Freaking On Fumes
So. Here we are. Decision time.
You’ll have to think back a month or so; it’s a strain, but work at it.
We’re talkin’ Wednesday, Aug. 30. On the one hand, we got this old gal Idalia. Calls herself a hurricane. T’other?
Dove season opens in three days.
The problem, however, lies in-between…
In Monroe, Georgia, reside September issue GON magazines, fresh off the press. One of the things I do around here—as soon as I’ve swabbed the kitchen floor and odoriferized the outhouse—is pick up those mags and distribute them to drivers, who stock lovely orange convenience store racks in my beloved south Georgia.
Presently directly in Idalia’s crosshairs.
OK, let’s do a little route math.
From my home to Monroe is 112 miles NORTH. My first driver is in Macon, 76 miles SOUTH of Monroe. Continuing in that direction, let us drop down I-75 to Cordele, then Tifton, turn EAST and hie on over to Nashville.
Another 134 miles.
And, last, we can shoot back NORTH for 116 miles and home: a grand total of 438!
In a hurricane.
Sooo, maybe we should put this off for at least a day or two? I mean, driver rules are you don’t deliver until next week, after Labor Day, anyway…
What, and set back my plans for opening weekend? Has your top gollywoggled off its spindle???
Besides, what’s a little hurricane? Even if it does have a funky name? I ‘member sloshing 14 miles out of Savannah into another monikered monster simply to catch two redfish. Thirty-eight and thirty-two. And yeah, they was worth the trip… We get the goods to you guys each month. On time. That’s what we do. However…
What you gotta get perpendicular in the left hemisphere of your cerebrum here is perzactly what dove season means to me. Especially opening day. And, by far most important of all: with my sons Dylan and Myles.
OK, I’ll fess up: nothing I do—NOTHING—gives me greater joy than busting caps in a field with these two knuckleheads.
I recall each of them, knee-high, firing away at circling buzzards 3 miles away. With BB guns.
“I think I got him, Daddy! I saw a feather fall! He’s going down!”
“Yep, you blasted him, Bud! We’ll retrieve that rascal on the way home; dropped two counties over.”
They’re 6-3 and 6-4 now and have graduated to Berettas. Right; nothing has changed. For me.
Bottom line? Idalia, Smidalia! We got mags to get and 438 miles to drive—but you know it ain’t gonna be easy…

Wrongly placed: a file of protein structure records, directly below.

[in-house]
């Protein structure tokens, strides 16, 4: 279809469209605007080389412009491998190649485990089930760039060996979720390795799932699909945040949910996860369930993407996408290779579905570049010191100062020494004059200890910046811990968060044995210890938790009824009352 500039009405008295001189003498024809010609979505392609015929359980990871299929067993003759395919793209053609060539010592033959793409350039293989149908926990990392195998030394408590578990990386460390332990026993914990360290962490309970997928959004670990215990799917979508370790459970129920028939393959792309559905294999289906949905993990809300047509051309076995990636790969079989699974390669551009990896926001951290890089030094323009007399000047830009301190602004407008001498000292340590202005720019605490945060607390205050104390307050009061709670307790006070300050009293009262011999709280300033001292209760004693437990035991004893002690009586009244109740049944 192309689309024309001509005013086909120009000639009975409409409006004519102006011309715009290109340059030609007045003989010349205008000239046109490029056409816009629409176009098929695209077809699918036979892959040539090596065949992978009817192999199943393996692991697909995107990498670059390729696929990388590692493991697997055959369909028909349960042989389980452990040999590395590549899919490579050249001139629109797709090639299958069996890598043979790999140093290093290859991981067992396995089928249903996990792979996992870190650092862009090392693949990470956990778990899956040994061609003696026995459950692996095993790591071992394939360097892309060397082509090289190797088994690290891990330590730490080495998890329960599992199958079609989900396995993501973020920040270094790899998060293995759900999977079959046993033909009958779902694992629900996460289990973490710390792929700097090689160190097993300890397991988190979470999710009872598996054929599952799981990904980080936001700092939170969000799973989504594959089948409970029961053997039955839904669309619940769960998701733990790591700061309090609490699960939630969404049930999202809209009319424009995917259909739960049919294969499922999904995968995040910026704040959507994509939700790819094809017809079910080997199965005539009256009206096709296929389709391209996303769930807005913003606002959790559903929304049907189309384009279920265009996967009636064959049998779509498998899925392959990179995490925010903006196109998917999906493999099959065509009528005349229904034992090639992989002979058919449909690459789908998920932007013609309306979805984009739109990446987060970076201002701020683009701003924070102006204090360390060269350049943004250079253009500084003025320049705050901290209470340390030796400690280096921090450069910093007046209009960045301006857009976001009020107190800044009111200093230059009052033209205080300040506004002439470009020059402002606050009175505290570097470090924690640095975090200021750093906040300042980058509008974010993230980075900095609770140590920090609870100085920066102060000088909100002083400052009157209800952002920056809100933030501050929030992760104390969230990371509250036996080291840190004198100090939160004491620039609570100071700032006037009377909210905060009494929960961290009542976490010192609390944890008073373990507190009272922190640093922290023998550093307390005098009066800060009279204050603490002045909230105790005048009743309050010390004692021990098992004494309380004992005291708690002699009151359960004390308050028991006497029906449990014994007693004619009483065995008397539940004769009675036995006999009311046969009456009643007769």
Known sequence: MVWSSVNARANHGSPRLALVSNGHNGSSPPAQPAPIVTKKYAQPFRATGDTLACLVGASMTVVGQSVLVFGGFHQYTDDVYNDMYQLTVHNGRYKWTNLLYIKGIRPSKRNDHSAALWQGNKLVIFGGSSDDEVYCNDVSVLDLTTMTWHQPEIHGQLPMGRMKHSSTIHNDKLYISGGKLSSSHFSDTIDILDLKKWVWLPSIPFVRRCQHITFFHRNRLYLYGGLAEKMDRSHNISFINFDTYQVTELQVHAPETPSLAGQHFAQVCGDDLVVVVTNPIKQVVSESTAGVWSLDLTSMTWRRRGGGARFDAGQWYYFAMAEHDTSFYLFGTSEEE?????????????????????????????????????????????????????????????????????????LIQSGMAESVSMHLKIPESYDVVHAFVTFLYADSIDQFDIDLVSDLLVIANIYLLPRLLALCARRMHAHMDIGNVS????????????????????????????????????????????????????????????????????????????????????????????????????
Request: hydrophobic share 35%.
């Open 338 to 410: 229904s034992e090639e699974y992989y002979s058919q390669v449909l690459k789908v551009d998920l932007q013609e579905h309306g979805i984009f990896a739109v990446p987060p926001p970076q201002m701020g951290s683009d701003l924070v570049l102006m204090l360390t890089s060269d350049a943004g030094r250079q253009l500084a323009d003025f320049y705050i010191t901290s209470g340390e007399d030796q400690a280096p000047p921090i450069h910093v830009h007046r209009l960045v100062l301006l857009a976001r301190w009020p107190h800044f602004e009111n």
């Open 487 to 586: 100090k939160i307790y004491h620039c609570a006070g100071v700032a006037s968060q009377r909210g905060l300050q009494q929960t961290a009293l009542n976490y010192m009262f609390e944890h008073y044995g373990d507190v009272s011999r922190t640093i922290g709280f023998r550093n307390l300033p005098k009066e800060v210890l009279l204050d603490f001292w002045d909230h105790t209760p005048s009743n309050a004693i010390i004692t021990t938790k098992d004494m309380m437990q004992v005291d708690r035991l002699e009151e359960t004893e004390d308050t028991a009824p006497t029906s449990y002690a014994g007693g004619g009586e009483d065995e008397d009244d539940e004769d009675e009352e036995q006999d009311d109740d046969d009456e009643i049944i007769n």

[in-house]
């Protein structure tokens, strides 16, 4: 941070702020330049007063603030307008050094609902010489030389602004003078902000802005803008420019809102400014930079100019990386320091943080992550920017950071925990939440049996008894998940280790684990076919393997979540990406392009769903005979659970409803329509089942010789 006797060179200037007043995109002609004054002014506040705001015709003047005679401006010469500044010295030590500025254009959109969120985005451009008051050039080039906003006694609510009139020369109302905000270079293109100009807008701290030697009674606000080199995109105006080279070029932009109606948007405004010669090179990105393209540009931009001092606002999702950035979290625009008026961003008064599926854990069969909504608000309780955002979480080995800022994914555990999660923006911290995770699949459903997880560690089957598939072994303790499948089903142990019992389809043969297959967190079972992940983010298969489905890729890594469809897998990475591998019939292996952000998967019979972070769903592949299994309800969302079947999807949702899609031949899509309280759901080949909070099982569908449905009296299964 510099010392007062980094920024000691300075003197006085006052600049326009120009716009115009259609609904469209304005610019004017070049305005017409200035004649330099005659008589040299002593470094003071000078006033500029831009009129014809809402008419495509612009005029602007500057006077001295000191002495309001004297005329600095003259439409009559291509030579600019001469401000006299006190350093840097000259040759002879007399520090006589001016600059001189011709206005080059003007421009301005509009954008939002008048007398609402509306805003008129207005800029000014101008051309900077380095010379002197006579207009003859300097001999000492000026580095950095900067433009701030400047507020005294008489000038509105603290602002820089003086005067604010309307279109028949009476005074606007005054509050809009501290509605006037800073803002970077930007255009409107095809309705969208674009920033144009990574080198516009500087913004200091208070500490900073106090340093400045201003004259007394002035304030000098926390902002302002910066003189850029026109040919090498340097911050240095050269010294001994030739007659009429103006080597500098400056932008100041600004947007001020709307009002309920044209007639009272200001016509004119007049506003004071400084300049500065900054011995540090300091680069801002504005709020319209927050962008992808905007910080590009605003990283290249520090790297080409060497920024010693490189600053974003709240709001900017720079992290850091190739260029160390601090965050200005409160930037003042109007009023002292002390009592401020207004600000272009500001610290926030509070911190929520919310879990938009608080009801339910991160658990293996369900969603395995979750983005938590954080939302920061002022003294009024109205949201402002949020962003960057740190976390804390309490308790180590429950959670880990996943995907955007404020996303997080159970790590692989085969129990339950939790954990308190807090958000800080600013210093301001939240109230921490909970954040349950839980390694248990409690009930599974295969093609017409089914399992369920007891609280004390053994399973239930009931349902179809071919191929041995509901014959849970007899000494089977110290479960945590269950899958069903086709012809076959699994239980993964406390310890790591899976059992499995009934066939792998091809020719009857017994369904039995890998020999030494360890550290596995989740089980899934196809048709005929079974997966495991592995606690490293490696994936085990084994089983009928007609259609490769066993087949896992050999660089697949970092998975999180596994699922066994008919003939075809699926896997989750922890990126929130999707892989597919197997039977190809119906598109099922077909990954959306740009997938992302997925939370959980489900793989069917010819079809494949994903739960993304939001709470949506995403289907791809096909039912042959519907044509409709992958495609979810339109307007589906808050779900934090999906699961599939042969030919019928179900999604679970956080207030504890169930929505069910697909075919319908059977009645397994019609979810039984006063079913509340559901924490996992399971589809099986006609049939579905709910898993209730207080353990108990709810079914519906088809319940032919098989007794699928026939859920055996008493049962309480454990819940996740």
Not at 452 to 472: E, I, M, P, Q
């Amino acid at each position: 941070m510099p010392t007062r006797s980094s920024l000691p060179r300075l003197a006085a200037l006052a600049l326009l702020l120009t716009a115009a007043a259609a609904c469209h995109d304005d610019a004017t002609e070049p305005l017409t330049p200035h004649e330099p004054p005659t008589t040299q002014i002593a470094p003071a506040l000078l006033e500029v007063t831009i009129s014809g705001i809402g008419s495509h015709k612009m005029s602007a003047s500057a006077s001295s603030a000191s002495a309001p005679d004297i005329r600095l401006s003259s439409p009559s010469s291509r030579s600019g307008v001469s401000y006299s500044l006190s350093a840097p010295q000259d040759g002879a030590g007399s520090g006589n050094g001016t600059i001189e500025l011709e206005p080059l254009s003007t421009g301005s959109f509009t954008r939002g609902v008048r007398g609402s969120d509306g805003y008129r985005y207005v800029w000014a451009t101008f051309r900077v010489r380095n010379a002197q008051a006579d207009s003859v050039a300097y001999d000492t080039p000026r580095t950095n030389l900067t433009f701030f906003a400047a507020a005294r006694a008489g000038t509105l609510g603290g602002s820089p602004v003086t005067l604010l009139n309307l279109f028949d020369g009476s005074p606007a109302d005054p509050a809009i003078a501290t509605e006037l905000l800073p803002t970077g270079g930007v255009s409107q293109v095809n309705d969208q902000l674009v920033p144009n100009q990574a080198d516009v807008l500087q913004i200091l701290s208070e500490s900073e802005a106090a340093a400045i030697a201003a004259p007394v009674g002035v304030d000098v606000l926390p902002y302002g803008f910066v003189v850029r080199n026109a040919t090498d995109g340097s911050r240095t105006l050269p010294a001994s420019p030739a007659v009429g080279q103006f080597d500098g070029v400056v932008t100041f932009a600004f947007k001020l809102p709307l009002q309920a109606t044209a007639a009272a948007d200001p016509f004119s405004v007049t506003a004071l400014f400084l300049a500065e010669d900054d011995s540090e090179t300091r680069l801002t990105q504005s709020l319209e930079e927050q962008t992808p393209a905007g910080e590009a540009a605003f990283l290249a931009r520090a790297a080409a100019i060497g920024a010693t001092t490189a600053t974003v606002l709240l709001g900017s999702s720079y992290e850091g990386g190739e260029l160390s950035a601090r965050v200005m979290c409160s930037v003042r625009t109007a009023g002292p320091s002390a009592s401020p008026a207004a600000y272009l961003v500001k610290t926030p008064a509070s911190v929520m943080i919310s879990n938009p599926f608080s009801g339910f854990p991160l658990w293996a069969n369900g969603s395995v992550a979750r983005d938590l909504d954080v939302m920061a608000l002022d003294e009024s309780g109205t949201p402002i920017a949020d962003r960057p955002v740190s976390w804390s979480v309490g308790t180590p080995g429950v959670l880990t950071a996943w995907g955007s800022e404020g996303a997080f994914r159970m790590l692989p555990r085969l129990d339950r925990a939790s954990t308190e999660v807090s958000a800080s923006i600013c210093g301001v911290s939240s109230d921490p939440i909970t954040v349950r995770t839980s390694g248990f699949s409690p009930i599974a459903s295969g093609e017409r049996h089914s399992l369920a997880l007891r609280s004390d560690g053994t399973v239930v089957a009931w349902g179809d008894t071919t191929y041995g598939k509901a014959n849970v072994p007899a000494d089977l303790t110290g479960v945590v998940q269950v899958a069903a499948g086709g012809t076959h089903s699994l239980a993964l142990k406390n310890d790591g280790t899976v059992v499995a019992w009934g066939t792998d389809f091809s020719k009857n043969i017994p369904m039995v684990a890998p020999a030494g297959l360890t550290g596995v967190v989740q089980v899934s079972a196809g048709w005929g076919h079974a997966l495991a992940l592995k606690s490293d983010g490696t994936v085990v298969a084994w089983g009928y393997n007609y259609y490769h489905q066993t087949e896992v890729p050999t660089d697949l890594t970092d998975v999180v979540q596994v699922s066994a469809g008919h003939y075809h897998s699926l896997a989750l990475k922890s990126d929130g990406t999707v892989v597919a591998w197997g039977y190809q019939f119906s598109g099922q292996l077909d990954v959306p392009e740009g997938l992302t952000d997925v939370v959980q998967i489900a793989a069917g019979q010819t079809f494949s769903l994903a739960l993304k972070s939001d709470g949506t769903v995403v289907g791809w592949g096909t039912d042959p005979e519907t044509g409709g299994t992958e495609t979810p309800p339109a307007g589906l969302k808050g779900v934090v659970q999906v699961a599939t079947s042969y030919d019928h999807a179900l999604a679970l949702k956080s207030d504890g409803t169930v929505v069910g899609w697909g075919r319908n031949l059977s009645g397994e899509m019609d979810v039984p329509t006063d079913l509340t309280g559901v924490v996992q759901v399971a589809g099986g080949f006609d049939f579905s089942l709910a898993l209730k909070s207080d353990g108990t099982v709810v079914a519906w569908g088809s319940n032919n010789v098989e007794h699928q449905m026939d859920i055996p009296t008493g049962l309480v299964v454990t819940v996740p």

My official Georgia Outdoor News Covered Pickup Truck, as you may recall, slips along incognito as a Chrysler Town and Country van. Vintage. Holds bunches of GONs. DRY ones.
But it’s about to get a little peeved. And show me how much…
Over my driving days, I’m guessing I‘ve put in well over a million miles. (GONCPUT is at 506,000 and will retire with me in 2054.) I may be the only person in this state who has driven that far—and never nailed a whitetail.
Well, Wednesday morning…
Pre-dawn, hoping to get ahead of oncoming monsoon activity, we’ve tooled up 441 from Dublin, 97 miles to DOWNTOWN Madison—planetary headquarters of GON. I’m 500 yards from the office at 35 mph—I can’t begin to make this stuff up—when a doe that I mistook for a moose zipped across the road faster’n you can think it.
What I DID think in that split-second was something like this: that fat broad is a freezer FULL of venison, followed by “We in trouble ‘cause she ain’t by herself…”
Only glimpse I got was in the rearview—of the lickety-split offender bouncing off the side of the ride, then asphalt.
GONCPUT 1, Stag 0.
Yeah, I stopped. To look for dents.
Nary a scratch as far as I could see; what I didn’t realize at the time was that it didn’t much appreciate my misdriving skills.
Hey, IT hit US! (Don’t count.)
So’s you’ll know, we never leave Dublin without at least 60 bucks worth of petrol—thanks, Uncle Joe—in the tank, but down around Tifton GONCPUT’s gauge is getting a little jittery.
So am I, because it’s pouring like camel pee on a lizard.
Awww, we can very easily make Nashville; fill up there.
Except mebbe for the fact that Nashville is shut up tighter than Fort Knox because a huge pine decided to fall completely across the road I need to take, AND snatch down about 200 feet of lines. No power… no gas!
OK, you ain’t injured, so stop pouting and motor me on to Alapaha. Which also has no power and… no gas.
So what I get next, along with the pouting, is a neat little gas-pump-shaped light presenting itself just to the left of said gauge. Plus a needle appearing to lie dead drunk on the floor.
Right; this ain’t funny no more. Get your gas together; we gotta move on to Ocilla.
Did I mention it was raining? Limbs leaping from trees? Horizontal trees? Can’t tell you how glad I was to see that Ocilla City Limits sign… until I noticed it was in the dark. You guessed it.
It’s nine miles to Fitzgerald—and I’m getting ready to bunk in the back until this blow is over. But them lights was beautiful—and we made it with a wheeze.
Shoot ‘em up, Boys…